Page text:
Worship Moments April 8

Wednesday of Holy Week

John 13:31-38

John 13:31-38 New Living Translation (NLT)

31 As soon as Judas left the room, Jesus said, “The time has come for the Son of Man to enter into his glory, and God will be glorified because of him. 32 And since God receives glory because of the Son, he will give his own glory to the Son, and he will do so at once. 33 Dear children, I will be with you only a little longer. And as I told the Jewish leaders, you will search for me, but you can’t come where I am going. 34 So now I am giving you a new commandment: Love each other. Just as I have loved you, you should love each other. 35 Your love for one another will prove to the world that you are my disciples.”

36 Simon Peter asked, “Lord, where are you going?”

And Jesus replied, “You can’t go with me now, but you will follow me later.”

37 “But why can’t I come now, Lord?” he asked. “I’m ready to die for you.”

38 Jesus answered, “Die for me? I tell you the truth, Peter—before the rooster crows tomorrow morning, you will deny three times that you even know me.


The story goes on to tell us that Peter, James and Philip went with Jesus to Gethsemane. Their hearts ached with grief, they sat together while Jesus went to pray on his own. 

They watched for a while wanting to support him, to show their dedication, love and faithfulness but they were exhausted, and sleep took over.

After praying Jesus returned to the disciples and found them sleeping. He woke Peter and asked him why couldn’t he have stayed awake for just one hour. “I needed you, but you let me down”. This happened three times.

Jesus’ heart was opened, and he was crying to God in prayer, and Peter slept in the midst of Jesus’ heartache. Peter was the one who first recognized Jesus as the Son of God. Jesus said that the church would be built upon Peter because of his faith, and now not even Peter could walk these last steps with Jesus.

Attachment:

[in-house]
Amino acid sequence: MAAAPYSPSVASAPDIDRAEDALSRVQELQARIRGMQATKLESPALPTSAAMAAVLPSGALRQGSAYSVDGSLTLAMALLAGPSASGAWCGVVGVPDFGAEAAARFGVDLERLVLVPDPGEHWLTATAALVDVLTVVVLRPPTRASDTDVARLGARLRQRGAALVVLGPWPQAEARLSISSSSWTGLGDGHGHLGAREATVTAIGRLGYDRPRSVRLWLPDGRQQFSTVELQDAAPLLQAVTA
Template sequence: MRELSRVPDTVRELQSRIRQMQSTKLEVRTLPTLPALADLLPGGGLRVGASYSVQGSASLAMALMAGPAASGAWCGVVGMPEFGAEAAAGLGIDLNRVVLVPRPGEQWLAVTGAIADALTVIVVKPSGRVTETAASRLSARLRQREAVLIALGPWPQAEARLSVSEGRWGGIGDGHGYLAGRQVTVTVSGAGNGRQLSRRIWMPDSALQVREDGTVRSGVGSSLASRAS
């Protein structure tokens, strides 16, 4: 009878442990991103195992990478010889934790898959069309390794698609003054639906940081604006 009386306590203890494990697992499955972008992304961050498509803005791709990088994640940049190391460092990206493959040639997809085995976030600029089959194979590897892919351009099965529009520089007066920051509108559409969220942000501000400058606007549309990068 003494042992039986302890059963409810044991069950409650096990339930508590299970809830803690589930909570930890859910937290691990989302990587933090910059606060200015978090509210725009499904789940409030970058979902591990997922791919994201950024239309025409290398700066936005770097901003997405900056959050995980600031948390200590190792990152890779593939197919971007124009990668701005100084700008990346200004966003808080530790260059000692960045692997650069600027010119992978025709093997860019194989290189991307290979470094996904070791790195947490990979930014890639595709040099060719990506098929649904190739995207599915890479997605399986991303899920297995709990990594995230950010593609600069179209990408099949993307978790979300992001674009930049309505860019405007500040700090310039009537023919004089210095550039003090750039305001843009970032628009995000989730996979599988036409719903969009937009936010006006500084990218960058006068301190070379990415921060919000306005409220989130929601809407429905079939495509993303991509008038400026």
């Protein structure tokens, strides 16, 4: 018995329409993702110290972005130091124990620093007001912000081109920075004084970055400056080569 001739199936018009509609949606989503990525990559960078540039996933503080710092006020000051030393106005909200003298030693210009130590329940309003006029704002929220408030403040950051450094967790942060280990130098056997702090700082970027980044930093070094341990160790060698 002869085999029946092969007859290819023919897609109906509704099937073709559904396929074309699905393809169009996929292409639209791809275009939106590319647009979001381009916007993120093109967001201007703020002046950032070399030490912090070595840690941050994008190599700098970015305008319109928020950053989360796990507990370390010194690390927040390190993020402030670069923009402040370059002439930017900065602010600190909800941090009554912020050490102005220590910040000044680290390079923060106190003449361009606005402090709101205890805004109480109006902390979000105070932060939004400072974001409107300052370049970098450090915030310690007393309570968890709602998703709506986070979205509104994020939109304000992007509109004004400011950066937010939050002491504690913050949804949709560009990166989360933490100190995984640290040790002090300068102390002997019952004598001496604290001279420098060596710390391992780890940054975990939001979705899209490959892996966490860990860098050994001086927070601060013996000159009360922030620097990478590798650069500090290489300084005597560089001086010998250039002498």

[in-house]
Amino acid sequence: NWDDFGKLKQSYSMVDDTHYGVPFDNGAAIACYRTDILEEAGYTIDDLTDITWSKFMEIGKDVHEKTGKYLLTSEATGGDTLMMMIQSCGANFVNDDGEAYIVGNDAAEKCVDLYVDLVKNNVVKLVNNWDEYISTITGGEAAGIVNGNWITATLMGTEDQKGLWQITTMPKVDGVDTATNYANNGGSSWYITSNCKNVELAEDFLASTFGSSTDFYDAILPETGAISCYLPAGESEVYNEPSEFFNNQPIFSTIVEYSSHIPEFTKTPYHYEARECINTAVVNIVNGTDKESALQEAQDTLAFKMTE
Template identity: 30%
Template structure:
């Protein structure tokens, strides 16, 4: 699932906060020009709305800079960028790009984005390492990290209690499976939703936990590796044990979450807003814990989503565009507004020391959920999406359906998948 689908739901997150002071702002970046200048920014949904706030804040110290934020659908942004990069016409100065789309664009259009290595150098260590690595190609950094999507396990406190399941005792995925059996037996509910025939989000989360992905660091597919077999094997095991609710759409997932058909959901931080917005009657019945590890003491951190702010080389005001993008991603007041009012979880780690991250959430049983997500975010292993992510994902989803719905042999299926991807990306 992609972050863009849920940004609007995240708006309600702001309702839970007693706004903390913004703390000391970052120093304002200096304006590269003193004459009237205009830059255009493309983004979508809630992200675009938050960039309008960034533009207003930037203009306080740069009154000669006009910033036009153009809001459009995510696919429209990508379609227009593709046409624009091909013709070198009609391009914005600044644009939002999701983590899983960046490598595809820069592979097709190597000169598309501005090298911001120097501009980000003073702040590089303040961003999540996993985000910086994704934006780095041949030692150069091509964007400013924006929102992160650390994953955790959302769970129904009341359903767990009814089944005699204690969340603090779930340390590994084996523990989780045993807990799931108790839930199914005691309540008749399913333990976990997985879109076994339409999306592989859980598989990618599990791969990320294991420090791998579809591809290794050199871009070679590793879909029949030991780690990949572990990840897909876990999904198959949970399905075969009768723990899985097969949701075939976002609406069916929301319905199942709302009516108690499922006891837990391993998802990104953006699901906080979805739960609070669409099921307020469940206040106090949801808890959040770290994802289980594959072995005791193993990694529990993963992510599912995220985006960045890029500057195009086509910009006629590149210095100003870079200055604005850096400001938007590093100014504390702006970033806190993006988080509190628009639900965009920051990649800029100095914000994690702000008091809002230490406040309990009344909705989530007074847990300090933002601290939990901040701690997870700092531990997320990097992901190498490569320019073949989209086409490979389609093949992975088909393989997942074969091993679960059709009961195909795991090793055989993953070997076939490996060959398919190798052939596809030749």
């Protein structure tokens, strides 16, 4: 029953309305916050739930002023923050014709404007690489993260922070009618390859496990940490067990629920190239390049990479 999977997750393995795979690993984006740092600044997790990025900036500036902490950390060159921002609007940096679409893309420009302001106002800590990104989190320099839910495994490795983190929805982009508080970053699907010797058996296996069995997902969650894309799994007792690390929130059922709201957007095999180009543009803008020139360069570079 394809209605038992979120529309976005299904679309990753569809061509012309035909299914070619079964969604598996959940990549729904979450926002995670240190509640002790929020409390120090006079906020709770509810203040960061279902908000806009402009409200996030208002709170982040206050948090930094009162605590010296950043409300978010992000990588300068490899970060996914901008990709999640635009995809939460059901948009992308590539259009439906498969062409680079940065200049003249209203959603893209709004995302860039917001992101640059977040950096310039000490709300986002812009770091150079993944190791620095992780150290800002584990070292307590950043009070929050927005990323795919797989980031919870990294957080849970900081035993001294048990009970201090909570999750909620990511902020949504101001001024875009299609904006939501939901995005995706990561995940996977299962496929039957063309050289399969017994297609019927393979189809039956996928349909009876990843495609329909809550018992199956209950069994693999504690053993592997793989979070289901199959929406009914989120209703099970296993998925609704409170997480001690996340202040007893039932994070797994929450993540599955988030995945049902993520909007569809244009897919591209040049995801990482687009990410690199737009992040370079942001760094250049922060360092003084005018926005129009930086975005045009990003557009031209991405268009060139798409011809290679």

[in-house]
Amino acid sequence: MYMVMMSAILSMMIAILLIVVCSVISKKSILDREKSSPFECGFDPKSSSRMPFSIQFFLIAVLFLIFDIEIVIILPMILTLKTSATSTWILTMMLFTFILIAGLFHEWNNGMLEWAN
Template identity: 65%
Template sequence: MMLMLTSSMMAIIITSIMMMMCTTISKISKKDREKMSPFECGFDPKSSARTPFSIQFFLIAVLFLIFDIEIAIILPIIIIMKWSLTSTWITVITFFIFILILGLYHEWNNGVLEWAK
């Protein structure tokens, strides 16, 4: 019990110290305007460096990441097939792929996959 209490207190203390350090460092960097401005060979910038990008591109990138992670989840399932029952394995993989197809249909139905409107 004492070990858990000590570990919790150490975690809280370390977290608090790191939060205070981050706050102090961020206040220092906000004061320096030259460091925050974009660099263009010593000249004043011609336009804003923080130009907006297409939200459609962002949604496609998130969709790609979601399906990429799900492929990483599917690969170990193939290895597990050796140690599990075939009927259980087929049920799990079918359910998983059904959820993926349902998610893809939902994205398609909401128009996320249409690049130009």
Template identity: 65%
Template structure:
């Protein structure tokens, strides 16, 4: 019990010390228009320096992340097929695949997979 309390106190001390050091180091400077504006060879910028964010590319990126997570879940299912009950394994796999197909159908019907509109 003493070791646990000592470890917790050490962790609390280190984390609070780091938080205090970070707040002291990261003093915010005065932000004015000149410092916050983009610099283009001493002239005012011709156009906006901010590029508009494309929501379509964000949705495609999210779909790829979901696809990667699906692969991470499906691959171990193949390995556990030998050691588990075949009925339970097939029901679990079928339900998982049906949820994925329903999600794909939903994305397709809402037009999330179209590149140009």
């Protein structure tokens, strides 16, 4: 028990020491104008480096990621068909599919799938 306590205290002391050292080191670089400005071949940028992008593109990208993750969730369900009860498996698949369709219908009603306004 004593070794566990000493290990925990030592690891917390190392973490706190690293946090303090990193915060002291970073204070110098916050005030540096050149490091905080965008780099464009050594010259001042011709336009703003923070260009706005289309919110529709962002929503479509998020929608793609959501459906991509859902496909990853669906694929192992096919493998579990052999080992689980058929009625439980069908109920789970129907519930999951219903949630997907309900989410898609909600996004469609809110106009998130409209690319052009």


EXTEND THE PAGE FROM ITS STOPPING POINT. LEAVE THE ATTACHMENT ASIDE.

You may remember that later when Judas arrived, Jesus welcomed him with the words “Friend, do what you have come to do”. Judas kissed him and soldiers led Jesus away.

The disciples scattered and Peter, the one who declared his faithfulness, even to the point of death, followed at a distance and he stayed in the courtyard outside of the house of Caiaphas.

In many ways it was there that his friendship and his faithfulness were tested. 

Three separate people asked him if he knew Jesus and three times Peter denied even knowing Jesus. Peter’s friendship and faithfulness held on a little longer than the rest of the disciples but even Peter failed his master. When Peter realized this he broke down and wept bitterly

In many ways the story of Peter is our story, humanity’s story. It is a story of good intentions, of faithfulness, of care and support. It is also a story about fear and how fear can change even the best of intentions. 

Peter was afraid, fear caused him to do things he didn’t want to do. Fear stopped him from doing the things he did want to do. Fear can have an impact on our actions and on our relationships. So today, in the midst of physical isolation, when fear can find its way into our home and into our hearts, how do we protect ourselves from allowing fear to have a negative impact on our actions and relationships?

There are ways to diminish fear. 

On one of our coffee conversations on Zoom, one person said that prayer has had such a positive impact; praying for others helps to strengthen her trust in God. It is something she can do to help others, to pray for them. Prayer makes a difference in our lives and in the world. Another person talked about how important routine has been in her life, not letting fear take over and enabling her to take one step and then another. We also think of first responders and medical staff who face their own personal fear as they care for those who are fighting the Covid virus.

We know from John’s Gospel that Jesus gave Peter another chance to declare his love to Jesus. When Peter responds with his love for Jesus, he discovers that love and grace are greater than fear. Love conquers fear. Love and second, third and fourth chances are gifts that we can offer to one another.


God, may the strength of your Love help to conquer my fear and may I lay my fear before you.

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